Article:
“These outbreaks that have sickened thousands and killed dozens were not inevitable in the meat industry,” said Debbie Berkowitz, a former senior OSHA official who is an expert on meat processing plants. “If OSHA had started enforcement, employers like the meatpacking industry who don’t prioritize safety voluntarily would have implemented the CDC guidance and prevented these outbreaks of death and disease in meatpacking.”

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Jason Walsh, executive director of the BlueGreen Alliance, a coalition of labor and environmental groups, said: “Workers in the American food industry are vital to us all, but the terrible working conditions that already existed in that industry have only been exacerbated by the covid-19 virus. Donald Trump is finally using the Defense Production Act, but not to ensure that American manufacturers produce the protective equipment that essential workers so desperately need to be safe. Instead, Trump is using the DPA to try to force workers back on the job in unsafe conditions. It doesn’t get more wrong than that.”

Berkowitz said Trump’s decision will undercut local health officials’ power to make meat plants comply with newly issued federal guidance that would have limited workers’ coronavirus exposure.

“The president has just undermined all efforts to stop the spread of the disease in plants,” Berkowitz said. “He is essentially saying they must be allowed to operate and that there should be no specific requirements plants must follow to stop the spread of this disease.”

Trump’s order would render meaningless the guidance the CDC issued Sunday, including keeping individual workspaces six feet apart and ensuring plant employees are not facing one another.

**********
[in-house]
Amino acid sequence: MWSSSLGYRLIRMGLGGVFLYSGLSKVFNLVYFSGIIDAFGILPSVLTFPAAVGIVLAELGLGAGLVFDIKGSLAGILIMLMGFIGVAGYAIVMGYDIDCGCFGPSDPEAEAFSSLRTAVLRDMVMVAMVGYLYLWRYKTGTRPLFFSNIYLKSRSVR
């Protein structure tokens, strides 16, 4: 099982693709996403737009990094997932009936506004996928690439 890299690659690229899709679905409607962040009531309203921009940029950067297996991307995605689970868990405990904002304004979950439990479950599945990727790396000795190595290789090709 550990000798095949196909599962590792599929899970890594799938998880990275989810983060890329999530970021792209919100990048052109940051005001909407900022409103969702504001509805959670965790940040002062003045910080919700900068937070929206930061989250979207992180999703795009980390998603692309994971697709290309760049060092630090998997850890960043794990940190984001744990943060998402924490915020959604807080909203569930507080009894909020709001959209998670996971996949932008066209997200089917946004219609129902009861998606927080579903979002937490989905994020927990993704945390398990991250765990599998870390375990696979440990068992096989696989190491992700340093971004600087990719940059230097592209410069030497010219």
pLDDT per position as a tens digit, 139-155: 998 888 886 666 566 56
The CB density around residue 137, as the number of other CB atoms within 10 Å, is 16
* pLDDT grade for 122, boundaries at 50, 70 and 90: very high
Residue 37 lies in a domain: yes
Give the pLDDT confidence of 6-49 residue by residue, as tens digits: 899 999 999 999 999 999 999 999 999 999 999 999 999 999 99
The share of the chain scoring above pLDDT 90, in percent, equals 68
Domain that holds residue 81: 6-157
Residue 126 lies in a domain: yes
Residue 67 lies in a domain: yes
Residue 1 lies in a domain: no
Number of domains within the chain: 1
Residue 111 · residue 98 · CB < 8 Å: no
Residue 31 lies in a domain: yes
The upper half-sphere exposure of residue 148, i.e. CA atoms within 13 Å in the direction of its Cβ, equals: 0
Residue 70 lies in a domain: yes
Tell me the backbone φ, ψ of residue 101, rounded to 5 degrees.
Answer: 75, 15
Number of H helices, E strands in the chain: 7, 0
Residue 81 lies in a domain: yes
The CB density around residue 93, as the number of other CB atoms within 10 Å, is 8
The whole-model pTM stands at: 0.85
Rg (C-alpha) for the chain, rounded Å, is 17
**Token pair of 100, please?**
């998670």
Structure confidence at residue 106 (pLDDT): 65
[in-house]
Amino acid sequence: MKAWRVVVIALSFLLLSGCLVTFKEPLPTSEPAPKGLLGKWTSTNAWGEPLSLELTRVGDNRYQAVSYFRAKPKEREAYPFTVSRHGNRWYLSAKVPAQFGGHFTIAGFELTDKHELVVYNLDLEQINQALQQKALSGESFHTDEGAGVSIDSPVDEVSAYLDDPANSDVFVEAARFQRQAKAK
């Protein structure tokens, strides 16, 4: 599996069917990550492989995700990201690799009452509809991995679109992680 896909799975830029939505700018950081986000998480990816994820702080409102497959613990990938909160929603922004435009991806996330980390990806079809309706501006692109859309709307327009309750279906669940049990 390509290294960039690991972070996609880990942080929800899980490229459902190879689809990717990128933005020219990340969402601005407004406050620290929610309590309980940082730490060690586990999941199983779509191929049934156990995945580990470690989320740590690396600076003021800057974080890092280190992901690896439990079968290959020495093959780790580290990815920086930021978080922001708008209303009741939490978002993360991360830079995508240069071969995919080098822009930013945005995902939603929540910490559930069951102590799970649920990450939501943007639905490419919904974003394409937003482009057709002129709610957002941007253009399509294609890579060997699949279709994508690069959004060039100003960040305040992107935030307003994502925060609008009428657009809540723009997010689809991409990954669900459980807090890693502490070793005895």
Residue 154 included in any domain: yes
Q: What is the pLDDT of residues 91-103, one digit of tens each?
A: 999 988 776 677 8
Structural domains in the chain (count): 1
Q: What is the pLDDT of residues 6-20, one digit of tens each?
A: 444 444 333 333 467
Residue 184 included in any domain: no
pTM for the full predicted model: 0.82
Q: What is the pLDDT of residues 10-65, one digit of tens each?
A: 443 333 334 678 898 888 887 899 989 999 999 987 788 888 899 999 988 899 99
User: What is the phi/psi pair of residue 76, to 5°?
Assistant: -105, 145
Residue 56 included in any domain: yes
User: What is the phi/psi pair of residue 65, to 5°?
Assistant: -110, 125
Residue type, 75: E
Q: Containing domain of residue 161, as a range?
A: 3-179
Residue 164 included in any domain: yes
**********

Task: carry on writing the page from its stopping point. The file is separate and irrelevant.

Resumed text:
“Without putting in specific safety requirements — beyond masks — the disease will continue to spread through the plants and into the community,” Berkowitz said.

But the courts and the Justice Department have ruled that the DPA “doesn’t give the president or anyone else the authority to grant broad immunity from other federal requirements, or from state laws,” said Adam R. Pulver, an attorney with Public Citizen who litigates claims about the scope of government authority.

Legal experts say there are serious questions about whether legislation Trump cited authorizes the president to grant broad immunity to businesses from workplace, environmental and other safety protections, nor is it clear whether Trump can order a shuttered manufacturing plant to reopen.

“The immunity applies when companies are sued for things they had to do in order to comply with the Defense Production Act,” Pulver said, “but not for choices they made in refusing to comply with other legal obligations.”

For example, he said, prior court rulings on the law indicate that plants would probably not be granted immunity if they refused to comply with local health officials’ orders to provide protective gear or did not take steps to allow for social distancing.